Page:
Industrial Robotics

  • Martin Hägele
  • Klas Nilsson
  • J. Norberto Pires
  • Rainer Bischoff

Abstract

Much of the technology that makes robots reliable, human friendly, and adaptable for numerous applications has emerged from manufacturers of industrial robots. With an estimated installation base in 2014 of about 1.5 million units, some 171000 new installations in that year and an annual turnover of the robotics industry estimated to be US$ 32 billion, industrial robots are by far the largest commercial application of robotics technology today.

The foundations for robot motion planning and control were initially developed with industrial applications in mind. These applications deserve special attention in order to understand the origin of robotics science and to appreciate the many unsolved problems that still prevent the wider use of robots in today’s agile manufacturing environments. In this chapter, we present a brief history and descriptions of typical industrial robotics applications and at the same time we address current critical state-of-the-art technological developments. We show how robots with different mechanisms fit different applications and how applications are further enabled by latest technologies, often adopted from technological fields outside manufacturing automation.

We will first present a brief historical introduction to industrial robotics with a selection of contemporary application examples which at the same time refer to a critical key technology. Then, the basic principles that are used in industrial robotics and a review of programming methods will be outlined. We will also introduce the topic of system integration particularly from a data integration point of view. The chapter will be closed with an outlook based on a presentation of some unsolved problems that currently inhibit wider use of industrial robots.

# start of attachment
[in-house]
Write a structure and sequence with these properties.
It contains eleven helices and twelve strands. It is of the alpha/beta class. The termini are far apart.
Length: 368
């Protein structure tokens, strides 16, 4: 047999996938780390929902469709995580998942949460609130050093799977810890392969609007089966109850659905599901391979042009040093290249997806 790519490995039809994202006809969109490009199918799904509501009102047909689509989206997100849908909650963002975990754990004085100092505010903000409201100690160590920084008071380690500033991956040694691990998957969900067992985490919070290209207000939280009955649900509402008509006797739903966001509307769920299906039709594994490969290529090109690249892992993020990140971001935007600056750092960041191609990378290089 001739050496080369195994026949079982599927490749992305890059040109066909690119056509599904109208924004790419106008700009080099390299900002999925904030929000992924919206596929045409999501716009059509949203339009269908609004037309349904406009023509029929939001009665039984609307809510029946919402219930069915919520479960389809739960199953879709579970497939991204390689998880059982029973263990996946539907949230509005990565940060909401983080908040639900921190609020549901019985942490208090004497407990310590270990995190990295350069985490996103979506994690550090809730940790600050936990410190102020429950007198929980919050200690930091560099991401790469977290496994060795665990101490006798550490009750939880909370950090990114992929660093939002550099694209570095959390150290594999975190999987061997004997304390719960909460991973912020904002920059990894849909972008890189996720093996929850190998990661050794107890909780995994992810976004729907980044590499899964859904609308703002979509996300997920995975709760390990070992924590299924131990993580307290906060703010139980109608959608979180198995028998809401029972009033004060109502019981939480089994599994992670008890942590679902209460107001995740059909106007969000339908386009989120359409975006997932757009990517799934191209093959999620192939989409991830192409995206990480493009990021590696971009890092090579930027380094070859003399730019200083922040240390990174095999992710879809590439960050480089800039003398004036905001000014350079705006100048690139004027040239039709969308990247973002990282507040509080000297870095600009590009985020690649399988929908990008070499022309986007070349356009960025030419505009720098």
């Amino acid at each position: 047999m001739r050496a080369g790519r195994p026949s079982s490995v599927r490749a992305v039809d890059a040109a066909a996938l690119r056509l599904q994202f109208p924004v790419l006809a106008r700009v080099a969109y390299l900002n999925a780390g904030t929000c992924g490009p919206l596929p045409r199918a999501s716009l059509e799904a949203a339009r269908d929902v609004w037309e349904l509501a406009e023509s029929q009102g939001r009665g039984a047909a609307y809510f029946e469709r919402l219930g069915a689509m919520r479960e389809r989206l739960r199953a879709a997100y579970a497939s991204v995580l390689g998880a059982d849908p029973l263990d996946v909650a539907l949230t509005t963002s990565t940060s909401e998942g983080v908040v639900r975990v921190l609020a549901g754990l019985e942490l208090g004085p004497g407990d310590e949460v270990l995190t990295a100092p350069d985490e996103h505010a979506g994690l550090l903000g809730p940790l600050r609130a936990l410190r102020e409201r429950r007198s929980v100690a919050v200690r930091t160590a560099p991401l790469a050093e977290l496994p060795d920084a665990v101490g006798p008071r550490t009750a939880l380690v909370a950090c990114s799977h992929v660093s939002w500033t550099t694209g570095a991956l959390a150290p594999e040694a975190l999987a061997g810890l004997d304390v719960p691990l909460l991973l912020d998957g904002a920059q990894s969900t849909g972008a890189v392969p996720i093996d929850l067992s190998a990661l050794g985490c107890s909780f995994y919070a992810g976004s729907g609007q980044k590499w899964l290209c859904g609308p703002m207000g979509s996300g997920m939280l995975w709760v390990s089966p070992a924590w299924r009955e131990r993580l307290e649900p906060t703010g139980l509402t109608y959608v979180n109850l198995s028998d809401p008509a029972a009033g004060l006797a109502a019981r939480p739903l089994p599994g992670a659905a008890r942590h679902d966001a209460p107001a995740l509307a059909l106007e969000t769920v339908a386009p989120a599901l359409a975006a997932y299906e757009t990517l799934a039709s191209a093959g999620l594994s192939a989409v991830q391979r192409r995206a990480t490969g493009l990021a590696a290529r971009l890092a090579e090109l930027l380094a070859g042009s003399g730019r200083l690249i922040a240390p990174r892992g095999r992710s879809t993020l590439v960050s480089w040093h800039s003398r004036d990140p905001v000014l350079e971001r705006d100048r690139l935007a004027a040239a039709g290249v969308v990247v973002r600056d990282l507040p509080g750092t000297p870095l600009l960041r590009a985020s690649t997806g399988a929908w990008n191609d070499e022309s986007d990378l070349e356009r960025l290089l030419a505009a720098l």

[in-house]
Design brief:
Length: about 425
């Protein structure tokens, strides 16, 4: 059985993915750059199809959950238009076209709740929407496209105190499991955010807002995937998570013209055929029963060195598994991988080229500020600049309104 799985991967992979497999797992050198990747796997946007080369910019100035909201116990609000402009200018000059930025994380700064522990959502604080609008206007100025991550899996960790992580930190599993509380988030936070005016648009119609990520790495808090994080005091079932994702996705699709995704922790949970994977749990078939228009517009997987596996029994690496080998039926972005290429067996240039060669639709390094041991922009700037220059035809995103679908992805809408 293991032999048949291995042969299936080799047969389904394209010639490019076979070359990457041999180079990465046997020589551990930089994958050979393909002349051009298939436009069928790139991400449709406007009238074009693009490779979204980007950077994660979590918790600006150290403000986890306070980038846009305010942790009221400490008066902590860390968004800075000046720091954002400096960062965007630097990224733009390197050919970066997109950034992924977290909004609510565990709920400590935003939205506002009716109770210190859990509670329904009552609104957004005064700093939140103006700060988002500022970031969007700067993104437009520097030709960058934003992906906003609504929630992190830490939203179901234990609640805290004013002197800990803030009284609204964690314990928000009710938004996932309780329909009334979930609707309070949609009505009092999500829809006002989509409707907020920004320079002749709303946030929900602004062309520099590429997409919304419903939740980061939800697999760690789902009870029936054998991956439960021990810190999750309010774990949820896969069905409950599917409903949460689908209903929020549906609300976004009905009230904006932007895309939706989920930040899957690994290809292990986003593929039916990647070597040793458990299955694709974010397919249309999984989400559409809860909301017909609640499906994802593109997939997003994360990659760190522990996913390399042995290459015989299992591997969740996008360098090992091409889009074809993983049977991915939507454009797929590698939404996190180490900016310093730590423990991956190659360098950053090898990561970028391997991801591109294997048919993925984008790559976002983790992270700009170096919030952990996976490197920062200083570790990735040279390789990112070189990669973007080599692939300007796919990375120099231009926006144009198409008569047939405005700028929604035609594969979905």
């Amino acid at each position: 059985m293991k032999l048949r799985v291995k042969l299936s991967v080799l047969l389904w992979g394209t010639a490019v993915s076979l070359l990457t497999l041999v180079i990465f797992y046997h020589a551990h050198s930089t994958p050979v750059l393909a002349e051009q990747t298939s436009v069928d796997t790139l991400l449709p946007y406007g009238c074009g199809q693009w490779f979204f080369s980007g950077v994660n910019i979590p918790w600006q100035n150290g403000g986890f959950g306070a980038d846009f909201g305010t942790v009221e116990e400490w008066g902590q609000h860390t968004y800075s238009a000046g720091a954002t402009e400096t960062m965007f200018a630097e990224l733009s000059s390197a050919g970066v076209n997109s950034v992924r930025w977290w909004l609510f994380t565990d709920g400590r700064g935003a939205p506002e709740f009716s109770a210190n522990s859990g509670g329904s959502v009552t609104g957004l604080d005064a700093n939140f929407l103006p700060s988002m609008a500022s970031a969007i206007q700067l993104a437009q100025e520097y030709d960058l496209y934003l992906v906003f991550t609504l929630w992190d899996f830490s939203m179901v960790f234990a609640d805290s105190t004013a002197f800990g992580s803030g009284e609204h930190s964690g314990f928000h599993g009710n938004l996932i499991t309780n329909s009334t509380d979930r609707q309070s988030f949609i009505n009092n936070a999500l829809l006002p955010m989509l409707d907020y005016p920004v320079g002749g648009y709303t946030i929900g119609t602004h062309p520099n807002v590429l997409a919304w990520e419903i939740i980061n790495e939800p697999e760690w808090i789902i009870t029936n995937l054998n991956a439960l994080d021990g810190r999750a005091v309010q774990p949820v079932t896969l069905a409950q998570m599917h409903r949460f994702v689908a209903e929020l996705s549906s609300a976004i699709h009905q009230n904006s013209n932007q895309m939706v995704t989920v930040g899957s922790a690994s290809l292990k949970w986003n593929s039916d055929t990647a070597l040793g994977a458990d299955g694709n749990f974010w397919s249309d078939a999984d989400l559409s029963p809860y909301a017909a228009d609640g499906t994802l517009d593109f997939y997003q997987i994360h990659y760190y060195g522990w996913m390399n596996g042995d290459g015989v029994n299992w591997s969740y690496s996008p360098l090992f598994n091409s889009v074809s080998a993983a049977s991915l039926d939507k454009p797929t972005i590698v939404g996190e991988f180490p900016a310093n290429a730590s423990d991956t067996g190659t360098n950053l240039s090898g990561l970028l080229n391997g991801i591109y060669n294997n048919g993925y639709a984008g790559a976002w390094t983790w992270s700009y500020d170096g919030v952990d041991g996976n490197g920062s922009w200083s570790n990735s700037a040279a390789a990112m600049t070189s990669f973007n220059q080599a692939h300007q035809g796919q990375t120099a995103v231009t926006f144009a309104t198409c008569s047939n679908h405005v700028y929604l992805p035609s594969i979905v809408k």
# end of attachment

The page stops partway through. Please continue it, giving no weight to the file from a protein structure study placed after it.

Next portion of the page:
2-D

two-dimensional

3-D

three-dimensional

6-D

six-dimensional

AGV

automated guided vehicle

CAD

computer-aided design

CAM

computer-aided manufacturing

CD

committee draft

CF

carbon fiber

CNC

computer numerical control

CP

continuous path

CPS

cyber physical system

DC

direct current

DFA

design for assembly

DH

Denavit–Hartenberg

DLR

Deutsches Zentrum für Luft- und Raumfahrt

DOF

degree of freedom

FMS

flexible manufacturing system

FSW

friction stir welding

GMAW

gas-shielded metal arc welding

I/O

input/output

IFR

International Federation of Robotics

ISO

International Organization for Standardization

IT

information technology

LCC

life-cycle-costing

MORO

mobile robot

MTBF

mean time between failures

NC

numerical control

OLP

offline programming

PC

personal computer

PKM

parallel kinematic machine

parallel kinematics machine

PLC

programmable logic controller

POI

point of interest

PUMA

programmable universal machine for assembly

R&D

research and development

RC

robot controller

SCARA

selective compliance assembly robot arm

SKM

serial kinematic machines

VCR

video cassette recorder

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Copyright information

© Springer-Verlag Berlin Heidelberg 2016

Authors and Affiliations

  • Martin Hägele
    • 1
  • Klas Nilsson
    • 2
  • J. Norberto Pires
    • 3
  • Rainer Bischoff
    • 4
  1. 1.Robot SystemsFraunhofer IPAStuttgartGermany
  2. 2.Department of Computer ScienceLund Institute of TechnologyLundSweden
  3. 3.Department of Mechanical EngineeringUniversity of CoimbraCoimbraPortugal
  4. 4.Technology DevelopmentKUKA Roboter GmbHAugsburgGermany

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